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What Law Firms Have the Best Big Law Summer Associate Programs?
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Summary: The American Lawyer interviewed over 3,000 second and third-year law students to find out what they think of Big Law summer associate programs.

Law firm demand for quality new talent has not decreased in recent years, and the Big Law firms have continued to pull out all the stops to attract the best and the brightest. According to Law.com, Cleary Gottlieb Steen & Hamilton have offered a trip to the Belmont Stakes to their summer associate classes while Paul Hastings give millennial newcomers a trip to the ESPY awards. But even though the glamour is a nice perk, a new survey from The American Lawyer reveals that the secret to summer associates’ satisfaction has more to do with attention, work, and mentorship than fun times.

  
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Thousands of summer associates responded to The American Lawyer’s survey, and many said that their substantive work and training was what they valued from their experience the most.

“I got substantial assignments from partners and senior associates, and my work was passed directly to clients, incorporated into briefs, or trusted to provide the answer they were looking for,” a summer associate at Foley Hoag said. “Attorneys trust the summers to work diligently to complete tasks and provide them what they have requested.”

The American Lawyer ranked the Big Law firms to see who offered the best programs in the country, and this year, Foley Hoag and Duane Morris tied for the top of the list. Both firms scored perfectly in the nine survey categories used for the ranking. According to Law.com, these categories concerned “how interesting and “real” the work was, the level of training and guidance, how accurately the firm portrayed itself, how often the students interacted with partners and associates, and if the firm is an overall good place to work.”

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“I was working with them directly on projects and I could call or go to their office whenever I had questions,” a Duane Morris summer associate said.

In third place was Arnold & Porter Kaye Scholer, and Akin Gump Strauss Hauer & Feld and Crowell & Moring. Goodwin Procter, Choate Hall, White & Case, O’Melveny & Myers and Cadwalader, Wickersham & Taft rounded out the top of the list.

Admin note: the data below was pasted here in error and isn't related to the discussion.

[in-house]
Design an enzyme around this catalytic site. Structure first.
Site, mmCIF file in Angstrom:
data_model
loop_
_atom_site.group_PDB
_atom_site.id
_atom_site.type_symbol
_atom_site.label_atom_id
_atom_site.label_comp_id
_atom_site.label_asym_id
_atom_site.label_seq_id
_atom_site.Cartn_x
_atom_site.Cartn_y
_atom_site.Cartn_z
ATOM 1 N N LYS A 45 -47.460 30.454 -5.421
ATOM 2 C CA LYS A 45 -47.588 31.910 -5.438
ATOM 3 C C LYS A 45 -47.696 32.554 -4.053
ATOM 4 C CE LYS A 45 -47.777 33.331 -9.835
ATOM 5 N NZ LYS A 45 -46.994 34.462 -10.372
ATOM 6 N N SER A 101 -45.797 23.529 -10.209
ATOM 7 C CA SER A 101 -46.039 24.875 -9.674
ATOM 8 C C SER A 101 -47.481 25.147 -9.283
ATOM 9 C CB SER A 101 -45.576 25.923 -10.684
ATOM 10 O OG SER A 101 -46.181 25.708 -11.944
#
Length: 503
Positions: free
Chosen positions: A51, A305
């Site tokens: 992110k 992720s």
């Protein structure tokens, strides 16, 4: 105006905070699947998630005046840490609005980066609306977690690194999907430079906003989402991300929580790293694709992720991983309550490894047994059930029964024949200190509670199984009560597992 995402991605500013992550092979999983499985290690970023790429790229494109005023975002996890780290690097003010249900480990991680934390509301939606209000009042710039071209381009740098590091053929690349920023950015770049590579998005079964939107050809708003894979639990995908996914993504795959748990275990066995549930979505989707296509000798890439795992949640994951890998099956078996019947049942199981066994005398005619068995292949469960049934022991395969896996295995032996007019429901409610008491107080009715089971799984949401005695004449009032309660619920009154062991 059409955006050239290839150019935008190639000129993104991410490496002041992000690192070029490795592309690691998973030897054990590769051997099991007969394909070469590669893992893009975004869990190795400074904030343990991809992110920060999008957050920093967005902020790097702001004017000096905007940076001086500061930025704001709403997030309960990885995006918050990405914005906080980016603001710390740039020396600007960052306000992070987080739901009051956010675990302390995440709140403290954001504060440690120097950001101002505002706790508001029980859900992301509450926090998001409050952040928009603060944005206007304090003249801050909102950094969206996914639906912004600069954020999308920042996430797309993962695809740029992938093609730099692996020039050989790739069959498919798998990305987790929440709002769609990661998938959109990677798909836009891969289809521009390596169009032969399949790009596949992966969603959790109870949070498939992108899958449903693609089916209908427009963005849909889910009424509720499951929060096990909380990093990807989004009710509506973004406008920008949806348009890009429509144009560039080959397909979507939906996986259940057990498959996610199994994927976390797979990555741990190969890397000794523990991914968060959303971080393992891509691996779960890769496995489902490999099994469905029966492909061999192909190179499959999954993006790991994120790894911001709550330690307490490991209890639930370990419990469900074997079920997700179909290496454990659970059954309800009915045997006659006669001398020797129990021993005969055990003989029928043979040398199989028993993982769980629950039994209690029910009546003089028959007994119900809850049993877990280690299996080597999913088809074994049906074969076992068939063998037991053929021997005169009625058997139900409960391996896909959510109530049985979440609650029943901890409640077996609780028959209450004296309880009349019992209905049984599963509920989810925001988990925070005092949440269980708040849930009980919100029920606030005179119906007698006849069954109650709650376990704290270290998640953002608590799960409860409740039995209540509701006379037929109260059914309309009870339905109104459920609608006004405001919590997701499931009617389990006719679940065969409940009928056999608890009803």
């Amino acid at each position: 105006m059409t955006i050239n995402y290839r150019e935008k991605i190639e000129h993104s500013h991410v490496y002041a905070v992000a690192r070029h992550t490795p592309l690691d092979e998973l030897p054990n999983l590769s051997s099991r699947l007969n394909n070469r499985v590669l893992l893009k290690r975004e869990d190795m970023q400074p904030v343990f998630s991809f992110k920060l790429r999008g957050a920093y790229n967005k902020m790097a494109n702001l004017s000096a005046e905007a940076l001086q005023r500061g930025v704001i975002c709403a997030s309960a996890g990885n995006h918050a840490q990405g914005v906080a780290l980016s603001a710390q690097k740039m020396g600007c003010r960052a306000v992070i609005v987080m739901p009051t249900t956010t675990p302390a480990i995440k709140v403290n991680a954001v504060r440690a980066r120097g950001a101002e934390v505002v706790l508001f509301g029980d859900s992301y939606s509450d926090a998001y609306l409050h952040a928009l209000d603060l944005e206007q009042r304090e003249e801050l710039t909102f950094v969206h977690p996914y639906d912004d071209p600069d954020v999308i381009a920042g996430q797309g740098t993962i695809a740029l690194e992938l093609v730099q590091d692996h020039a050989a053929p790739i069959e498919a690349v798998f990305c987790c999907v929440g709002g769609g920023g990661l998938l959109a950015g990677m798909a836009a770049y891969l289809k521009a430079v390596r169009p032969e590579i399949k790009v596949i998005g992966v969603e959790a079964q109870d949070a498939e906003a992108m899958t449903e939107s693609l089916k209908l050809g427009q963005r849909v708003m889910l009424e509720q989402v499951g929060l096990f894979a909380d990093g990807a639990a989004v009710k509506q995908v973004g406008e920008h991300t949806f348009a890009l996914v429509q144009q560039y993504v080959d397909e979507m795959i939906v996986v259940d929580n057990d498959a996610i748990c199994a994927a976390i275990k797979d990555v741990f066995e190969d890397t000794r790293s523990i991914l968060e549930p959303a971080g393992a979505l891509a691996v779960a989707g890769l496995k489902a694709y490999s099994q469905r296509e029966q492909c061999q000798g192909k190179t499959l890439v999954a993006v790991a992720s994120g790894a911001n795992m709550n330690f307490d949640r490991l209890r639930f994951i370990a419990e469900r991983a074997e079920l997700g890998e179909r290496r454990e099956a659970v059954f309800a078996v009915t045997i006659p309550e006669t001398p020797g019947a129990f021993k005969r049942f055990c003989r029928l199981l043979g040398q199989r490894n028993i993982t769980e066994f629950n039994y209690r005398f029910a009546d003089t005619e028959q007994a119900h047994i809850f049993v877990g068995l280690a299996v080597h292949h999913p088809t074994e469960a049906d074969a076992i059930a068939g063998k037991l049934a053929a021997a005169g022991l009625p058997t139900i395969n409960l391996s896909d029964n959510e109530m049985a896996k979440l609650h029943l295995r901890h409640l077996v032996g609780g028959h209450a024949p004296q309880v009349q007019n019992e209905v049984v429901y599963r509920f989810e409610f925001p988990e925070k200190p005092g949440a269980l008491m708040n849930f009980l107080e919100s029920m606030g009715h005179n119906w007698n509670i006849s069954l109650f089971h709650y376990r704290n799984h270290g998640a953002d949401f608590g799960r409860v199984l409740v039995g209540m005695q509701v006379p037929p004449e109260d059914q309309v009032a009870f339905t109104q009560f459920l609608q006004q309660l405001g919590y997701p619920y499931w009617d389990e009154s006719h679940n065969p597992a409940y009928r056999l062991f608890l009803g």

Last year’s first placer, Choate Hall & Stewart fell several spots to seventh after holding the top position for the past two years. Paul, Weiss, Rifkind, Wharton & Garrison scored the worst out of the Big Law firms, but Law.com pointed out that its overall tally of 4.346 out of 5 was still respectable.

Law.com reported that Goodwin Proctor had the most prominent jump–from 72nd to the top 10. Summer associates at the firm gave it a perfect score in the overall place to work category, which was an achievement only completed by ten firms.

Kenneth Gordon of Goodwin Proctor said that the firm has not changed its summer associate program but that it has worked on its recruitment initiatives to include more diversity, which may have influenced its new ranking.

“It wasn’t that we felt like we needed a radical change necessarily from last summer as much as we thought we could augment some of the things we were doing well,” Gordon said.

Repeating a sentiment from the year before, survey-takers said that they value diversity and inclusion and the lack of it was one of their major complaints. Many summer associates said in the survey that they noticed a lack of women and minorities in leadership positions, and they expressed a desire for firms to do better.

What do you think of The American Lawyer’s summer associate survey results? Let us know in the comments below.



 

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